- Constructive Dismissal
- Discrimination / Human Rights
- Employee Sued by Employer
- Employment Contracts: Drafting / Review / Negotiation
- Employment Policies Drafting / Review
- Fiduciary Obligations
- Harassment / Bullying
- Just Cause For Termination
- Non-Competition / Non-Solicitation
- Professional Regulation
- Severance Review / Negotiation
- Union / Labour
- Workplace Investigations
- Wrongful Dismissal / Unjust Dismissal
- Our Team
- Contact Us
Severance Review / Negotiation
Severance Review Services
Most employees are entitled to “reasonable notice” of termination under the common law. “Reasonable notice” or the “reasonable notice period” is the amount of time it is expected to take an employee to find a similar job somewhere else, taking into account the type of position they just lost (i.e., managerial, technical, professional, niche, etc.), how long they were employed with their company for, their age, what the economic conditions are like at the time of their dismissal, and many other case-specific factors. Most people are referring to the reasonable notice period when they talk about “severance”, and so we will use the term “severance” interchangeably with “reasonable notice” on this page.
Unlike the Employment Standards Code that states that an employee gets a set amount of notice based on their length of service, regardless of their role with a company or any other relevant factor, reasonable notice is determined by a judge on a case-by-case basis because no two employees or employment circumstances are alike. People often like to state that employees are entitled to one month’s pay per year of service for senior positions or good paying jobs, but that is not true. In some circumstances, an employee could be entitled to more than one month per year of service depending on the factors that a judge will consider in their case.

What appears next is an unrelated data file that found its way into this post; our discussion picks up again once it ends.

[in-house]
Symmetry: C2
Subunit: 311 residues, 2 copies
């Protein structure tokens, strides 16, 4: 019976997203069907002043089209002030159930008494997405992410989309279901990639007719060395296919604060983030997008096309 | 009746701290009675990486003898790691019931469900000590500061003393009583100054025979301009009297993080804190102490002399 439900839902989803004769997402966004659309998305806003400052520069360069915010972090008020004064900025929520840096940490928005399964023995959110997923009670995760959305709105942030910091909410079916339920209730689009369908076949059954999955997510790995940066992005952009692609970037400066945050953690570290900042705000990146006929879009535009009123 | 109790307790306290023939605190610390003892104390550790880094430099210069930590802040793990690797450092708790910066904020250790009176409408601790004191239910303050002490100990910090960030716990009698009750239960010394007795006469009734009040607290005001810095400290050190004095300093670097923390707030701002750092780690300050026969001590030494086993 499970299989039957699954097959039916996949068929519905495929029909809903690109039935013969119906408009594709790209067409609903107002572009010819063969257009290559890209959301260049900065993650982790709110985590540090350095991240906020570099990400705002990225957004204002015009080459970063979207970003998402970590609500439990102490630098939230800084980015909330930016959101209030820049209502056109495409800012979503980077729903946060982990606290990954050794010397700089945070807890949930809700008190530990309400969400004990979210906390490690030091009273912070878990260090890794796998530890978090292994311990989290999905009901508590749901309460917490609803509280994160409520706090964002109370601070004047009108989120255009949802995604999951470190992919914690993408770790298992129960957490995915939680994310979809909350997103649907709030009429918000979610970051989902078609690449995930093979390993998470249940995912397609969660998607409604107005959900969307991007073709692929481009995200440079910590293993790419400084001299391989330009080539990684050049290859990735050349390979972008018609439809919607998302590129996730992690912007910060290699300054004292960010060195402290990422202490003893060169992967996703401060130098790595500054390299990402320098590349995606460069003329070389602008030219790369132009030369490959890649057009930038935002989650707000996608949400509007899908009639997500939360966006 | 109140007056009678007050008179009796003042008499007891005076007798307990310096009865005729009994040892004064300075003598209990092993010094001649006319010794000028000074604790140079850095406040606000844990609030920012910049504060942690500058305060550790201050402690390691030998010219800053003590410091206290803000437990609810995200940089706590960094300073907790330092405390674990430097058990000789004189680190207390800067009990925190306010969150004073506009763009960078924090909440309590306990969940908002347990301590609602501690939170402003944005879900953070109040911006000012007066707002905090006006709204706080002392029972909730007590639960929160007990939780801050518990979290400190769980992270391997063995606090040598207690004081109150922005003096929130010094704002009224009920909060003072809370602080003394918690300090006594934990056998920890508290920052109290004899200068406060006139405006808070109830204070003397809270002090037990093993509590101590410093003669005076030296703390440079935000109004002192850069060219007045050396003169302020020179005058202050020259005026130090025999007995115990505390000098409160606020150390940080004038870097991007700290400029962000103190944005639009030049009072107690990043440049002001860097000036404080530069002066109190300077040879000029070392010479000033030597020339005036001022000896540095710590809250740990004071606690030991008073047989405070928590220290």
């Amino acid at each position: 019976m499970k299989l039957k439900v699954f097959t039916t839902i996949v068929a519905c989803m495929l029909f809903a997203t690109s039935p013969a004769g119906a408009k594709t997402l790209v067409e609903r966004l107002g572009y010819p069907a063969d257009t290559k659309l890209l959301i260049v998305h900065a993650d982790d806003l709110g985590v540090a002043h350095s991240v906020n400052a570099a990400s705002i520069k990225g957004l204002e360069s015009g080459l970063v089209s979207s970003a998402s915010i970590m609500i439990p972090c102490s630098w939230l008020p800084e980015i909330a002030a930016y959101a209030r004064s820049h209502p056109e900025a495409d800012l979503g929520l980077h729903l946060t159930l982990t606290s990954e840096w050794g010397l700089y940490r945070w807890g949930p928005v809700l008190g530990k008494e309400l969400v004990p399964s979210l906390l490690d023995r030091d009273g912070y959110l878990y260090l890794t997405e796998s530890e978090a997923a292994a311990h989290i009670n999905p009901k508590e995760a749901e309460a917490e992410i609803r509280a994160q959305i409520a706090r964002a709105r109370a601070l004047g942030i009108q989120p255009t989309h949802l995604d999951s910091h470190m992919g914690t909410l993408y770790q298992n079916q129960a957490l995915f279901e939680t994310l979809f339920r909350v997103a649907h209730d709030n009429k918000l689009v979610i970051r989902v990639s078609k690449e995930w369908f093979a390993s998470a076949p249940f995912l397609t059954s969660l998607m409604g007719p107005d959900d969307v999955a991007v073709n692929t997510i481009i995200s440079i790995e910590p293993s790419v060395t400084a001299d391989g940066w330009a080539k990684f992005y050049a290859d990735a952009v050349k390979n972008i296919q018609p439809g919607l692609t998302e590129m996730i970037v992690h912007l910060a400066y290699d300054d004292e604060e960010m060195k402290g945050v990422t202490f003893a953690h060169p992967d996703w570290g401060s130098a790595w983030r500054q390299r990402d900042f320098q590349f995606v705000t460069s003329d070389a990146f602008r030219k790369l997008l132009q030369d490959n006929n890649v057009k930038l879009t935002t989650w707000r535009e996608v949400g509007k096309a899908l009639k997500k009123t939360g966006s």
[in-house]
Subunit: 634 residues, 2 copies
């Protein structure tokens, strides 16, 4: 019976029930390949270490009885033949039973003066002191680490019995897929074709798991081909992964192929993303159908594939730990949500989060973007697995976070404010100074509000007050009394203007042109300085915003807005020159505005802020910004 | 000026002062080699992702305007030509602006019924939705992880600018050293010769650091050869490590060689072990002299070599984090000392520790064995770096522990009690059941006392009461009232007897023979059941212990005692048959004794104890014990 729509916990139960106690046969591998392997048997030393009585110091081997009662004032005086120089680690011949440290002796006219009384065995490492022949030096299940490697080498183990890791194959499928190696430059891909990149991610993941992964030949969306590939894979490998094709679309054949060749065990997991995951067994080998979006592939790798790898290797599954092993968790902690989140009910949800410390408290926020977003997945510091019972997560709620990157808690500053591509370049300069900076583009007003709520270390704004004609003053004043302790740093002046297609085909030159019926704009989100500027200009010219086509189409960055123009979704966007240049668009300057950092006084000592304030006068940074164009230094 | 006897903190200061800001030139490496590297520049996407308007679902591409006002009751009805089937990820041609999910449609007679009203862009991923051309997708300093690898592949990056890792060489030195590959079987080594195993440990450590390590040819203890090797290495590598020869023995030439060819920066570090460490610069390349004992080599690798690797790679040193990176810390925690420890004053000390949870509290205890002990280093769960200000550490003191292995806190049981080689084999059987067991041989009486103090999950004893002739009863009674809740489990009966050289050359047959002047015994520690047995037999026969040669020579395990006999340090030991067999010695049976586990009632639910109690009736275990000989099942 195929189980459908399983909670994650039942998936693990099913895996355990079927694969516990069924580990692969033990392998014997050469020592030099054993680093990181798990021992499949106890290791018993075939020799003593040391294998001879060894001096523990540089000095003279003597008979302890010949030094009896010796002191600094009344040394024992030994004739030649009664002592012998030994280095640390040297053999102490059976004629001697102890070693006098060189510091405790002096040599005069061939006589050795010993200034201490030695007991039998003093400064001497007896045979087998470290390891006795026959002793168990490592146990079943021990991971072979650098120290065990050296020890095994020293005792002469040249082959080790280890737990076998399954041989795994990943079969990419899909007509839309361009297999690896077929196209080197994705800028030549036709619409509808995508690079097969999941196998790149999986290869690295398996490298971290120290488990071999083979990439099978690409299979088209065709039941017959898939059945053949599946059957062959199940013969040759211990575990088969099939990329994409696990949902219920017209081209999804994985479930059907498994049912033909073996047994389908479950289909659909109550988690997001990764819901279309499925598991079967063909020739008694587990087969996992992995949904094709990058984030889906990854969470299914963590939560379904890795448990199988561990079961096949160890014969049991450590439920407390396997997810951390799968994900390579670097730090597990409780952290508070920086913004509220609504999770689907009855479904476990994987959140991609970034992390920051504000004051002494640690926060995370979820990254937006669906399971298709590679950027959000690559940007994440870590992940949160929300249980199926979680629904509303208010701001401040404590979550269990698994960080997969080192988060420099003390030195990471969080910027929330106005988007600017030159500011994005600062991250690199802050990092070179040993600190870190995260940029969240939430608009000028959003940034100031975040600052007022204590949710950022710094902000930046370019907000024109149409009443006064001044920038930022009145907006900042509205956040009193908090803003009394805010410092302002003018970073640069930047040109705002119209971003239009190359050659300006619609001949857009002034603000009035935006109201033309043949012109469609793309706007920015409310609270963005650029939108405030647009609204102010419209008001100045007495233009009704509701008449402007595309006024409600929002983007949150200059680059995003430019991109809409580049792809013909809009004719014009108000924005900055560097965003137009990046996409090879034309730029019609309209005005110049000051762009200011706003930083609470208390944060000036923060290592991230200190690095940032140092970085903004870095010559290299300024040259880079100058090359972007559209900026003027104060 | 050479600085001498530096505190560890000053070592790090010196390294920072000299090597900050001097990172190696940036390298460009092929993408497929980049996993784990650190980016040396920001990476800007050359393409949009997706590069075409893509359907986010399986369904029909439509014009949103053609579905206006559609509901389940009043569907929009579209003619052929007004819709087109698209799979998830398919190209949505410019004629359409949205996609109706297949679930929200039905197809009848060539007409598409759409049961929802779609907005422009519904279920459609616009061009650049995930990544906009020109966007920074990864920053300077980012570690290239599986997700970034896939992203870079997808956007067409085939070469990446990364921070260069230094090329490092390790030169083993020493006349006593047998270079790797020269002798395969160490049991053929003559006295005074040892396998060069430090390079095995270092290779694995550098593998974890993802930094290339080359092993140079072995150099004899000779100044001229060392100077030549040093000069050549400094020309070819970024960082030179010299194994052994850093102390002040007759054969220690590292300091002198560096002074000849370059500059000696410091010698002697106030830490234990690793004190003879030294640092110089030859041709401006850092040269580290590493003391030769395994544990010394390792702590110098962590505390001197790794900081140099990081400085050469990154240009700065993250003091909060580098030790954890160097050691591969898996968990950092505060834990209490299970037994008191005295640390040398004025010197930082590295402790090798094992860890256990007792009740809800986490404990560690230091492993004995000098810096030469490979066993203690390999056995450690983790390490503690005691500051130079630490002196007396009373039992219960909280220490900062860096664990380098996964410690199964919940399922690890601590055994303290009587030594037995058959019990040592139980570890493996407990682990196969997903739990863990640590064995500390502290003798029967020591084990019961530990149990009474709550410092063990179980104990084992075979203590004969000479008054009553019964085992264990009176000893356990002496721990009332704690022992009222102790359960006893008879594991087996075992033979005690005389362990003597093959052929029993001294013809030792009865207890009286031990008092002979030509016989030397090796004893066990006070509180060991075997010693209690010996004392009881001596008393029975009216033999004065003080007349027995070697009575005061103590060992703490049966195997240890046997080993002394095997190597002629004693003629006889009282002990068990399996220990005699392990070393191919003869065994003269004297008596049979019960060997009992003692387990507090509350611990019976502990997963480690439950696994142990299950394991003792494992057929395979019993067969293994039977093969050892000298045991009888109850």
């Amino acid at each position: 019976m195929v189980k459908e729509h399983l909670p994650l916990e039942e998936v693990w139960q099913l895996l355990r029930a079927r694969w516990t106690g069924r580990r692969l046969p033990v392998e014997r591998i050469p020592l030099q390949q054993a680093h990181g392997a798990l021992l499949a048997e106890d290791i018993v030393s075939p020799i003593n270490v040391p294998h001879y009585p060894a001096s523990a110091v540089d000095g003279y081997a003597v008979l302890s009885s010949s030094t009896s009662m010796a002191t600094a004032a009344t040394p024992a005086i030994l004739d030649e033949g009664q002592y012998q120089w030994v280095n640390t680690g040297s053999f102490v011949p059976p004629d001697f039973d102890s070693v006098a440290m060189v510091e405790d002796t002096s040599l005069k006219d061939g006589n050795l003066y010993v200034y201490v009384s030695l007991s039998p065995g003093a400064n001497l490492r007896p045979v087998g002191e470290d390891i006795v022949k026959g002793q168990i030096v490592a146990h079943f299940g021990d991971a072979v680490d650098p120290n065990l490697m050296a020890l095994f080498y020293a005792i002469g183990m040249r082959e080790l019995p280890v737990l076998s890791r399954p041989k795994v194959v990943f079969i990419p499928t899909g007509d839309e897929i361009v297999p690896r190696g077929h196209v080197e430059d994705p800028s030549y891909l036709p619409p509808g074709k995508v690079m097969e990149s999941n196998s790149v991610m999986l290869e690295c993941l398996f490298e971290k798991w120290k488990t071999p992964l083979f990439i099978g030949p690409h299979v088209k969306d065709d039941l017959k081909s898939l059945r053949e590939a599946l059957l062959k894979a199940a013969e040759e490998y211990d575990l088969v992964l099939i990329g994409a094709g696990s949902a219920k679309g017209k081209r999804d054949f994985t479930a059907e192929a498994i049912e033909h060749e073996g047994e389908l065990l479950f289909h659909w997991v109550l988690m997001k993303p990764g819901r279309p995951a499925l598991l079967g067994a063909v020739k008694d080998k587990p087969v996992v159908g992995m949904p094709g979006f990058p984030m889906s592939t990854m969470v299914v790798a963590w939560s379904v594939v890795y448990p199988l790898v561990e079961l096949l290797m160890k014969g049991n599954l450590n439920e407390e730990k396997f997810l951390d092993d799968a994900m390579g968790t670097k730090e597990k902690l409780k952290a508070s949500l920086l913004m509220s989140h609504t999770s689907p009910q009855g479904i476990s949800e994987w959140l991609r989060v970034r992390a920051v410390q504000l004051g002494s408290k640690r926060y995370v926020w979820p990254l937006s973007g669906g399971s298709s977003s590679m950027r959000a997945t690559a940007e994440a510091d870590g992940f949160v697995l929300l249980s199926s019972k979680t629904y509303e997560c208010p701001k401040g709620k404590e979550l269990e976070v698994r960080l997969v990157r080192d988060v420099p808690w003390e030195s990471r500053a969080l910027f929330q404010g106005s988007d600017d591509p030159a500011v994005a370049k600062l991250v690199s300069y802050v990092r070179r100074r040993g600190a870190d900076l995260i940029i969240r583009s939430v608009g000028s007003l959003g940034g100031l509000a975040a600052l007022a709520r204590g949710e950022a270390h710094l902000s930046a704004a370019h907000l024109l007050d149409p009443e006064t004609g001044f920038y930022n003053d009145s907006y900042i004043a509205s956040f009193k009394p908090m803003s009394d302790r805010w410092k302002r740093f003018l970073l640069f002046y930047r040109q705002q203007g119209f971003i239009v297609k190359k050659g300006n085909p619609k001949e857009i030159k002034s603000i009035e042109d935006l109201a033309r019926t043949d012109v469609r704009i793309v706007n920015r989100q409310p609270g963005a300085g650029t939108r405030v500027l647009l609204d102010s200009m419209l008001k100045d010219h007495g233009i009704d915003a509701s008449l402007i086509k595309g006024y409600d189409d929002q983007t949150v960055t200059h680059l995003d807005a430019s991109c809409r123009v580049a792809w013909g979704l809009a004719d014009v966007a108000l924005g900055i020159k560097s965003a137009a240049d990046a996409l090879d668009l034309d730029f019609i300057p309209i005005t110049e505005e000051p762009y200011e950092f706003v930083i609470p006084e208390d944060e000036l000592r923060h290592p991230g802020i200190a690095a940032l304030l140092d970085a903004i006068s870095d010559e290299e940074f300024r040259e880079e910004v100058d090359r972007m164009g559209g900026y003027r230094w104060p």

Severance Negotiation Process
Our lawyers have years of experience considering and analyzing these different factors that judges take into account and how they can affect reasonable notice periods. These factors are what our lawyers use to determine if your severance package from your employer is fair and reasonable under the circumstances, and by reviewing your severance package, your employment contract, and other relevant documents, we can tell you how the factors a judge would consider would apply to your situation.
We can provide you a great deal of information about how the law works in this area, in order for you to make an informed decision on your severance offer. We can evaluate the fairness of severance offers, and provide practical and strategic advice and representation if you wish to negotiate an increased severance package or other things. We have been able to get increased severance offers from employers in many cases, and we are strong, effective advocates both outside and inside the courtroom. Let us help you.
For employers, we can provide advice on potential liability and severance strategies, as well as advice on common pitfalls to avoid. We can of course also represent you in court. Let us help you.
Incentive Pay Services
Know What You Are Entitled To
For many employees in Alberta, different kinds of incentive compensation such as profitability bonuses, performance bonuses, stock options, commissions, RSU’s, PSU’s, STIP’s, LTIP’s, etc., are major components of their compensation.
These types of compensation are also some of the first things employers try to avoid paying to employees when the employer’s economic performance is lower-than-expected, or when they lay-off or fire employees.
Often, employers who try to deny these payments are in the wrong. Here are some general rules:
- If you already earned something during your employment but it just had not been paid yet, normally you would be entitled to it after termination;